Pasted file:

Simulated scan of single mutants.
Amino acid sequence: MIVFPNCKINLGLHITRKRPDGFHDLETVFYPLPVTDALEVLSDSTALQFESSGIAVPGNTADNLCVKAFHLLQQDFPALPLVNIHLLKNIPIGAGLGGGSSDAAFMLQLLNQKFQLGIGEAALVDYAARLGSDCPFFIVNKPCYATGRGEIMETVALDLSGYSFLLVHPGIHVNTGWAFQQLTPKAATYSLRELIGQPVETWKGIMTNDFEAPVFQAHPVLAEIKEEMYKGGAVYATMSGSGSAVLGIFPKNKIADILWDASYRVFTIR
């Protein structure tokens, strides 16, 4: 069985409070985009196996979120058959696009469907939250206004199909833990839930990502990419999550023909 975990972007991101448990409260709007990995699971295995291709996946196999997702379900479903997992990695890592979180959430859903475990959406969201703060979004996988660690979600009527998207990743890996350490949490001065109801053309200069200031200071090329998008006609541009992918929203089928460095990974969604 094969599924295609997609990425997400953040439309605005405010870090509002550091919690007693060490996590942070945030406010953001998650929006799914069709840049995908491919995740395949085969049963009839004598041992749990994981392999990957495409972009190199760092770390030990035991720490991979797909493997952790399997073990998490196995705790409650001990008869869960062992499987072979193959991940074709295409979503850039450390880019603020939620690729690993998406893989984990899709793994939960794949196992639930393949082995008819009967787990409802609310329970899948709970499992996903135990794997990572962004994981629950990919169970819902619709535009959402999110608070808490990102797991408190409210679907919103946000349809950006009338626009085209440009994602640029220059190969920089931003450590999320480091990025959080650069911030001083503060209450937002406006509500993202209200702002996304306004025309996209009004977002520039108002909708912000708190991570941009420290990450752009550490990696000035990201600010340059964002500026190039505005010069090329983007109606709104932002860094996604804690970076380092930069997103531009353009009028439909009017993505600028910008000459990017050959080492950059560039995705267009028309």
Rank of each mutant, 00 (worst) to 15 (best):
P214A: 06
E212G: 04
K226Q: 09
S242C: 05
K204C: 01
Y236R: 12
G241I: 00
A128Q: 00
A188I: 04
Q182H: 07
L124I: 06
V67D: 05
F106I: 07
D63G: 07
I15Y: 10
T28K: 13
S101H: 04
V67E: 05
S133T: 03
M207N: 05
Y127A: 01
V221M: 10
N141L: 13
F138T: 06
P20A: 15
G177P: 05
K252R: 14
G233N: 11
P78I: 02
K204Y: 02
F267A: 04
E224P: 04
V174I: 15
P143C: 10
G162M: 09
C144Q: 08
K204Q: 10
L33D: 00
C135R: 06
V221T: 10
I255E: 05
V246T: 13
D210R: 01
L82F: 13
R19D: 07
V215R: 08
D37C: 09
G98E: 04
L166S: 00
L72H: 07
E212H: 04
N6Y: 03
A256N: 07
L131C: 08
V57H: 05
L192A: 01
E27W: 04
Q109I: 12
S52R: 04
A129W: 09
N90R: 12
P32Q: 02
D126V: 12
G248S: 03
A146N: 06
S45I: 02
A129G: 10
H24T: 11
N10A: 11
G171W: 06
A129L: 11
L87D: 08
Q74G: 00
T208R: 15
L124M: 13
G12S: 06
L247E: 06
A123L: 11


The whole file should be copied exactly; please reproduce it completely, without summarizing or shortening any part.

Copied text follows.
Simulated scan of single mutants.
Amino acid sequence: MIVFPNCKINLGLHITRKRPDGFHDLETVFYPLPVTDALEVLSDSTALQFESSGIAVPGNTADNLCVKAFHLLQQDFPALPLVNIHLLKNIPIGAGLGGGSSDAAFMLQLLNQKFQLGIGEAALVDYAARLGSDCPFFIVNKPCYATGRGEIMETVALDLSGYSFLLVHPGIHVNTGWAFQQLTPKAATYSLRELIGQPVETWKGIMTNDFEAPVFQAHPVLAEIKEEMYKGGAVYATMSGSGSAVLGIFPKNKIADILWDASYRVFTIR
């Protein structure tokens, strides 16, 4: 069985409070985009196996979120058959696009469907939250206004199909833990839930990502990419999550023909 975990972007991101448990409260709007990995699971295995291709996946196999997702379900479903997992990695890592979180959430859903475990959406969201703060979004996988660690979600009527998207990743890996350490949490001065109801053309200069200031200071090329998008006609541009992918929203089928460095990974969604 094969599924295609997609990425997400953040439309605005405010870090509002550091919690007693060490996590942070945030406010953001998650929006799914069709840049995908491919995740395949085969049963009839004598041992749990994981392999990957495409972009190199760092770390030990035991720490991979797909493997952790399997073990998490196995705790409650001990008869869960062992499987072979193959991940074709295409979503850039450390880019603020939620690729690993998406893989984990899709793994939960794949196992639930393949082995008819009967787990409802609310329970899948709970499992996903135990794997990572962004994981629950990919169970819902619709535009959402999110608070808490990102797991408190409210679907919103946000349809950006009338626009085209440009994602640029220059190969920089931003450590999320480091990025959080650069911030001083503060209450937002406006509500993202209200702002996304306004025309996209009004977002520039108002909708912000708190991570941009420290990450752009550490990696000035990201600010340059964002500026190039505005010069090329983007109606709104932002860094996604804690970076380092930069997103531009353009009028439909009017993505600028910008000459990017050959080492950059560039995705267009028309």
Rank of each mutant, 00 (worst) to 15 (best):
P214A: 06
E212G: 04
K226Q: 09
S242C: 05
K204C: 01
Y236R: 12
G241I: 00
A128Q: 00
A188I: 04
Q182H: 07
L124I: 06
V67D: 05
F106I: 07
D63G: 07
I15Y: 10
T28K: 13
S101H: 04
V67E: 05
S133T: 03
M207N: 05
Y127A: 01
V221M: 10
N141L: 13
F138T: 06
P20A: 15
G177P: 05
K252R: 14
G233N: 11
P78I: 02
K204Y: 02
F267A: 04
E224P: 04
V174I: 15
P143C: 10
G162M: 09
C144Q: 08
K204Q: 10
L33D: 00
C135R: 06
V221T: 10
I255E: 05
V246T: 13
D210R: 01
L82F: 13
R19D: 07
V215R: 08
D37C: 09
G98E: 04
L166S: 00
L72H: 07
E212H: 04
N6Y: 03
A256N: 07
L131C: 08
V57H: 05
L192A: 01
E27W: 04
Q109I: 12
S52R: 04
A129W: 09
N90R: 12
P32Q: 02
D126V: 12
G248S: 03
A146N: 06
S45I: 02
A129G: 10
H24T: 11
N10A: 11
G171W: 06
A129L: 11
L87D: 08
Q74G: 00
T208R: 15
L124M: 13
G12S: 06
L247E: 06
A123L: 11